Tips to Excel with Test Anxiety
Spring is the time students start looking towards taking their end of course exams or college entrance exams that often have great impact on high school graduation or college admissions. In the state of Florida, our students have been taking these "high stakes" tests since elementary, and for many students they bring a sense of dread, confusion, and downright fear.
I have spoken with so many students who go through this every year, where hard working students continue to not make the scores despite excelling in the classroom.
Because there are many angles to this topic, this will be a 3 part article:
1. Tips to Excel with Test Anxiety
3. College Admissions: When Your Test Scores Aren't High Enough
Test Anxiety's Impact
Research has pointed that close to 25-40% of students have some type of test anxiety. While some anxiety is normal, and can help mental and physical alertness, too much anxiety can decrease academic performance by over 12% percentile points over students with low test anxiety. It can also hinder students social, emotional, and behavioral development.
While it is completely normal to be nervous before a big exam, test anxiety manifests in students either through different symptoms. Students can feel:
Emotional- Feeling anger, hopelessness, disappoinment
Behavioral- Sweaty palms, upset stomach, headaches
Cognitive- Trouble concentrating, forgetfulness, negative thinking, fear of failure
When students feel these symptoms, often in combination, it can negatively impact their concentration, cause physical distress, and decrease performance. This then perpetuates the anxiety in these situations.
What To Do About Test Anxiety
If you or your child exhibit some of these symptoms, there are some techniques that help.
Before & During the Test
1. Learn How to Study Effectively- There are many different ways to study, however, students need to find what works best for them and their learning styles. Ideas include note-taking, highlighting, reading out loud, notecards, study partners, avoid multitasking, etc. Here are some great articles on the topic for further explanation.
2. Study Early and In Similar Places- Humans are creatures of habit, and when it comes to studying we are no different. Studying in the same place over time has been shown to improve retention. However, that place should be similar to the student's testing environment. Best place is at a quiet spot at a desk (not on a bed as our brains are wired that beds are for sleepy time!). If a teacher/ professor allows music, notecards, open book, etc. then students should use those same things while studying. If it is a timed test, students should mimic this stressor and try to work with a study guide (the second or third time) by setting a timer and see if they can complete the work in the allotted time.
3. Establish a Consistent Pre-Test Routine- When I get nervous, I find I have to use the bathroom! So before any test or big situation, I make sure I do this before so I don't worry about it during! I also grab a snack and get a drink. Establishing a pre-test routine to minimize distractions, such as checking to ensure you have the right materials, eating a snack, using the bathroom, etc. are extremely helpful at taking some of the worry away.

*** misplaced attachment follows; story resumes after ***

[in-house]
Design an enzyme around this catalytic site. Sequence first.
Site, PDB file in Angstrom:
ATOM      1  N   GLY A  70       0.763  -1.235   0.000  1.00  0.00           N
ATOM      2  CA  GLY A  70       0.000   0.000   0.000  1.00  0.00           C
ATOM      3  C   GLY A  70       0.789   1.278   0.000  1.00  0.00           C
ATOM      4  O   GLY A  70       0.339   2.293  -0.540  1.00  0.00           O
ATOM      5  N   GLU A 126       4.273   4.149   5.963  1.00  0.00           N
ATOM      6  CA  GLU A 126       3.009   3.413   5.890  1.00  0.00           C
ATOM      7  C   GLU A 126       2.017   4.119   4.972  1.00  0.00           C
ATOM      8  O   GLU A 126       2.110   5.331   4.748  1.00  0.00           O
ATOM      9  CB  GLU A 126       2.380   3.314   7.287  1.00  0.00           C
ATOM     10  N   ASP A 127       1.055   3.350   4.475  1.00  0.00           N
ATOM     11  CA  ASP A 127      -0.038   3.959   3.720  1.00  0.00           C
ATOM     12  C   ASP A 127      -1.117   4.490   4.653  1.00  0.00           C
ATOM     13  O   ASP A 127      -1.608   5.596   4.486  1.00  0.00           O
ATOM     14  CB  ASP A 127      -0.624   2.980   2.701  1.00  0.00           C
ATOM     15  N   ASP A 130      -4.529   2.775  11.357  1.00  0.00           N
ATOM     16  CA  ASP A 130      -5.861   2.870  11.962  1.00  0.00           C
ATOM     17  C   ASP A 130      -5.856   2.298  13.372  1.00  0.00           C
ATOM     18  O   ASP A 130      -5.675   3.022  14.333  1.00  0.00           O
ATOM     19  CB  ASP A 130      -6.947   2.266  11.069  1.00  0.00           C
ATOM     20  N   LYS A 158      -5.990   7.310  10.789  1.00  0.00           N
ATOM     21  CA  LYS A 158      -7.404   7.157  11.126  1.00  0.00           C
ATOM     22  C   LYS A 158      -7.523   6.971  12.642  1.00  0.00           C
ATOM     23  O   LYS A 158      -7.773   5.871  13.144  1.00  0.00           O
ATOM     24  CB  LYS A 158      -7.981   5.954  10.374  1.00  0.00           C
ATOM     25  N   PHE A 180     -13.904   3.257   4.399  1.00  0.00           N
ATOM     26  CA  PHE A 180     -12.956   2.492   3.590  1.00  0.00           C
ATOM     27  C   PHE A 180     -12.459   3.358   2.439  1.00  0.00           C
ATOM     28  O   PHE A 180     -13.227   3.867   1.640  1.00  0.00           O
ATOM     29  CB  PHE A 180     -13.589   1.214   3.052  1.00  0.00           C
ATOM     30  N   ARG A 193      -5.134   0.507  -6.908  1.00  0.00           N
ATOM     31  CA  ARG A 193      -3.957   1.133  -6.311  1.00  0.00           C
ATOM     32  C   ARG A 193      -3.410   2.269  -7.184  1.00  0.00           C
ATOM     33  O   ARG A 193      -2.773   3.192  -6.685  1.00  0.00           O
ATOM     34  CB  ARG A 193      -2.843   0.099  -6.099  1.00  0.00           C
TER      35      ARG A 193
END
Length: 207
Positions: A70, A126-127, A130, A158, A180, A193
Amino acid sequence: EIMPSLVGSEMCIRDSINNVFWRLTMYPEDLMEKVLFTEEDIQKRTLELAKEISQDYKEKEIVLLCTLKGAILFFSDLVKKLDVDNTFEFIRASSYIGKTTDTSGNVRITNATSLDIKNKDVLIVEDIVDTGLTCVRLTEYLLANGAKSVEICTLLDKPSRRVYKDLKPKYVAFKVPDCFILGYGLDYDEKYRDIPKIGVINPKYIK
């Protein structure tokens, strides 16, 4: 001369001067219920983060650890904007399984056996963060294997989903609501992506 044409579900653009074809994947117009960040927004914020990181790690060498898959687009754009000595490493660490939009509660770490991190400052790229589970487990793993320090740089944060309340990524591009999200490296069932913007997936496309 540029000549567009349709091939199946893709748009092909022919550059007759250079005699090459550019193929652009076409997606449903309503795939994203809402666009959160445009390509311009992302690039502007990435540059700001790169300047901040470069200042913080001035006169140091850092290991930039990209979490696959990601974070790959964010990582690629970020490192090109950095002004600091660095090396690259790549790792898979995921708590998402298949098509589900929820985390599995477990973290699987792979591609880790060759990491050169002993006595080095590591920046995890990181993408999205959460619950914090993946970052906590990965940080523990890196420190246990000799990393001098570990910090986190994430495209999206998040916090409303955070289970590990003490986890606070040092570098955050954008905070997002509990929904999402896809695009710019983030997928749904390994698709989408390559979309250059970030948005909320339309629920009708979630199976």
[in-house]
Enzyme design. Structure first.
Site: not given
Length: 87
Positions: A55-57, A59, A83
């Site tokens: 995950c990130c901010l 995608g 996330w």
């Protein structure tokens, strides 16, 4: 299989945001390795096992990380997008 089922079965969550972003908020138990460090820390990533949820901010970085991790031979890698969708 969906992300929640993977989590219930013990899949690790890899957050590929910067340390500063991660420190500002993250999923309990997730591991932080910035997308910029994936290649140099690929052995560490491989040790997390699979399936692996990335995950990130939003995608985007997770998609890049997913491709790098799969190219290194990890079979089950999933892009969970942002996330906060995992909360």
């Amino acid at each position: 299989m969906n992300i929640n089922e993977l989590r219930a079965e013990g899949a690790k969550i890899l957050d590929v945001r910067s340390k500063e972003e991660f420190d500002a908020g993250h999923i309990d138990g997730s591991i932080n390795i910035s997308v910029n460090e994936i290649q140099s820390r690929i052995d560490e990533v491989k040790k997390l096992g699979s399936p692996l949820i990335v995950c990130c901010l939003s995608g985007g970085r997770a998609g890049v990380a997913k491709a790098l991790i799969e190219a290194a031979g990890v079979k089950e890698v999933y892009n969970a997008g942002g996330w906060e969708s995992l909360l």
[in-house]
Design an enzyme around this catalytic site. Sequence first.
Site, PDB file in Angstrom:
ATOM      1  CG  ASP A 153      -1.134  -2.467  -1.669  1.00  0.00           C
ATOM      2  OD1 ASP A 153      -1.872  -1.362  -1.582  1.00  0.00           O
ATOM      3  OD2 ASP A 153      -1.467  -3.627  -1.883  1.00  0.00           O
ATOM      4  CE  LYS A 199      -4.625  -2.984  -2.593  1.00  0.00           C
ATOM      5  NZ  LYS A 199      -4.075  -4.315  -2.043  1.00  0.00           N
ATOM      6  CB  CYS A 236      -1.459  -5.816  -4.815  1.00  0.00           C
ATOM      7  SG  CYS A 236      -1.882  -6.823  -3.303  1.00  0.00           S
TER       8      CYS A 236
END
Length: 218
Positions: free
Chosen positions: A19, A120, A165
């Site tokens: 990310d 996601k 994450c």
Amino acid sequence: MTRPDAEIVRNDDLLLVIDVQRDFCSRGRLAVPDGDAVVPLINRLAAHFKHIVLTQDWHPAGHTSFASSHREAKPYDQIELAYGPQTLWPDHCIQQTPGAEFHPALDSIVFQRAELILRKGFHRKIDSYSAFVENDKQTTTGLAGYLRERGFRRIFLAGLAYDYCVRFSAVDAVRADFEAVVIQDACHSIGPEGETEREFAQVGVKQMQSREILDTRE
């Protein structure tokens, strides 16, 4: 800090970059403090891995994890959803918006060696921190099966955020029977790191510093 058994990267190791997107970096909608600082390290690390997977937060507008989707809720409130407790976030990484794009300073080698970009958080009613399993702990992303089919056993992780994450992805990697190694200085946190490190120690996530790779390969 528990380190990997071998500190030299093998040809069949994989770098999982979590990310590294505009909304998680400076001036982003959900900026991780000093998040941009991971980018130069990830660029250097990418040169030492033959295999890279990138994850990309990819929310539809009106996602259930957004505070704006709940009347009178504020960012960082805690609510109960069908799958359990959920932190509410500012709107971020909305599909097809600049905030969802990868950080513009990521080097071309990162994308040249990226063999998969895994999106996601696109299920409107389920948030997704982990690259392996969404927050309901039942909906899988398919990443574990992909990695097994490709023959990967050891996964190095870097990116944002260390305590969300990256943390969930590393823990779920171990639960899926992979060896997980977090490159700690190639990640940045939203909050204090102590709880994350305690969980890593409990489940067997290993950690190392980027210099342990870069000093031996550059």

4. Talk To Your Teacher- Despite what students often think, teachers are here to help and want to see students successful. Often, just asking the teacher about what will be on the test and ways to prepare provide more insight and reduce nerves. As well, letting them know you have testing anxiety can help solve issues before the arise.
5. Learn Relaxation Techniques- Organizing your thoughts through some deep breathing techniques, stretching, and mindfulness can be beneficial. Taking a few seconds to gently roll your neck and shoulders, move side to side, make fists and release helps with bloodflow and stiffness.
6. Healthy Eating- It's easy in our face paced society to "grab-and-go" for our morning meals. Students who have test anxiety should consider filling their meals with more complex carbohydrates such as whole grains, fruits, vegetables, than those in high sugar, simple carbohydrates, those often found in cereal, according to the Harvard Health Publishing . The University of Rochester also stated to eat high-protein snacks, such as nuts and cheese, help balance alertness. A great article for more specifics is, 12 Best Brain Foods Before Taking a Test.
7. Exercise- Similarly to relaxation techniques, regular exercise has been shown to release endorphins and decrease tension in the muscles, where stress often is held. Exercise increases blood flow circulation providing your brain with more oxygen to work properly. This works extremely well when done during study sessions to break up long periods of sitting and studying.
8. Get Plenty of Sleep- Students often cram the night before to go over any missed information, sometimes at the cost of their sleep. Cramming will not be beneficial if it leaves the mind and body fatigued for the big test. It is better to go to sleep early and wake up a bit early to review one more time. Teenagers need anywhere from 8-10 hours of sleep an evening, and anything less can increase test anxiety and decrease academic performance.
In all, if you have test anxiety, you need to review all your current test habits and see where there can be room for improvement. Take the above 8 tips, and give yourself a score from 1-10 (1 being never do and 10 being always do), and the things you score lower on, try for the next test to increase your score. Then analyze- How did that help? Did I feel better? Where are other areas I can improve?
As mentioned, stay tuned for the next 2 articles!
Dr. Amanda Sterk, College UnMazed